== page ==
Canadian Musician


Canadian Musician’s Pay-To-Play Survey Results

Monday, July 11th, 2016

Canadian Musician surveyed musicians across the country to find out their experiences and opinions regarding pay-to-play gigs. Here are the results…

Pay to Play survey infogrpahic

Have you or your band ever received a pay-to-play offer for a gig from a venue or promoter?

Yes 57%

No 43%

Would you ever consider to accepting a pay-to-play offer to play a gig?

Yes      7%

Maybe 25%

No       68%

Do you think there are situations in which it is acceptable for a venue/promoter to expect an artist/band to pay-to-play?

Yes      2%

Maybe 32%

No       57%

Not sure 9%

Broadly speaking, do you think pay-to-play devalues live music and/or the service musicians provide?

Yes      86%

Somewhat 13%

No       2%

Do you feel musicians who pay-to-play are undermining other musicians who refuse?

Yes 52%

Somewhat 30%

No 16%

Not sure 2%

Speaking Out

What is your experience and/or opinion regarding the practice of pay-to-play? Have you ever accepted or refused a pay-to-play gig and, if so, why?

Selected responses 

“It is a near rite of passage here in Halifax for “all age shows.” The upstart bands not yet worthy of asking for appearance money are made to feel this is their only option. Promotion is the promoter’s job, the musician’s job is to get good and perform well, period.”

“Pay to play is what keeps being a musician from becoming a valid career. Musicians who do this are killing the industry and keeping their fellow musicians poor. We are trapped in an endless cycle of silly music teachers selling tickets to their students and calling it a music scene. It’s ridiculous and unsustainable.”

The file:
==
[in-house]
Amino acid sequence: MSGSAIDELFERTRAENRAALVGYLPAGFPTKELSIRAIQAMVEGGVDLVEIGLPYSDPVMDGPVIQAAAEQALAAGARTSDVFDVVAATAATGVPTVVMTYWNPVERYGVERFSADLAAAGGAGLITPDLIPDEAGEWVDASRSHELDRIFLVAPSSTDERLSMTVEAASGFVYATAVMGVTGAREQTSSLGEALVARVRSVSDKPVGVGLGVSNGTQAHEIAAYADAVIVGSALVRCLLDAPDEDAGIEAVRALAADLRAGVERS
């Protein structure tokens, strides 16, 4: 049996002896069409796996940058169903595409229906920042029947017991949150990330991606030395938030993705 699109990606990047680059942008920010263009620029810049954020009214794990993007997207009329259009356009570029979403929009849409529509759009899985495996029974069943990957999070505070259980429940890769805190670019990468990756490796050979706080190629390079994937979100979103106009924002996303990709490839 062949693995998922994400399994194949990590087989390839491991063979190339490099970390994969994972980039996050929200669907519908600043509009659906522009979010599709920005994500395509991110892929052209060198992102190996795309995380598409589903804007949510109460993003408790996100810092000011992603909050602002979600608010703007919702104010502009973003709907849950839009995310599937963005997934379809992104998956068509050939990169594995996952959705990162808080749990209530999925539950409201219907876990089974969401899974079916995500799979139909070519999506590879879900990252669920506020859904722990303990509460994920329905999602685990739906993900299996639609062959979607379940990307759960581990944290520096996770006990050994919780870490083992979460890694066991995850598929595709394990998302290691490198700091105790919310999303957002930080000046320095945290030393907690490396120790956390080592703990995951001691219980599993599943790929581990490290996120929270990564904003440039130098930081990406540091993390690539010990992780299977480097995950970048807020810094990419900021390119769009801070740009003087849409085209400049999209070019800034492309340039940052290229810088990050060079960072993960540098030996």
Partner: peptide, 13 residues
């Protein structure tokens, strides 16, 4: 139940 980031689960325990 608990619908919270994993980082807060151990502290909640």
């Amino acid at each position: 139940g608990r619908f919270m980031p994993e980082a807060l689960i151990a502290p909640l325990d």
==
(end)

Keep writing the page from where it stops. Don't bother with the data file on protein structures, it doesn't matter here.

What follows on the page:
“Pay to play is mostly affecting acts that are trying to get a foothold in the business and create a buzz. Older, established acts don’t have to face that scenario as much. However, there seems to be a new trend where even large venues want the performer to take out liability insurance. We’ve been hired by them to play at their venue and somehow we’re responsible if someone acts disruptive, causes someone harm, or a patron slips and falls. And it’s not a small amount! I’ve been told I had to take out $2 million in liability insurance. Don’t venues carry insurance for this sort of thing and why is it being passed on to the artists?”

“I’m a hip-hop artist out of Midland, Ontario. Every time I have performed in or around my area, I have had to sell my own tickets to cover costs for the promoter throwing the event. At times it can be pretty difficult, as an artist we already have many other costs, etc. just to make it to the event. It has even made me take a break from performing due to the pressure and obligation of feeling I have to sell these before a certain deadline, then basically hand over all the ticket money (making a little bit of drinking money personally). It puts a lot of un-wanted stress on an artist.”

“It’s the reality of the local music scene in most cases, unfortunately, if you want to play/promote your original music, often times, your only choice it to participate in pay-to-play events, and also in most cases venues want more than one band to fill an evening slot all with the expectation that the bands will cover some of the venues costs (sound man or percentage of the cover charge goes to the venue), and the band is forced to sell a minimum number of tickets at a price the venue dictates.”

“I have refused all pay-to-play situations. It is NOT the musicians’ job to drum up business for the bars and to ensure that bar staff is paid on the nights the bands perform. If the venue doesn’t have enough faith that you will bring a crowd, then don’t take the show.”

“We would NEVER do this with an established group but can (possibly) understand a new artist trying to get established considering this.”

“I’ve had some offers of a “showcase” that turned out to be a show where we had to solicit our fans and friends to come out and pay admission. We were not offered any money for the gig, and there were supposedly going to be several industry professionals in attendance. Professionals who were never named, even when I asked. I could hear the music from Jaws playing in my head….”


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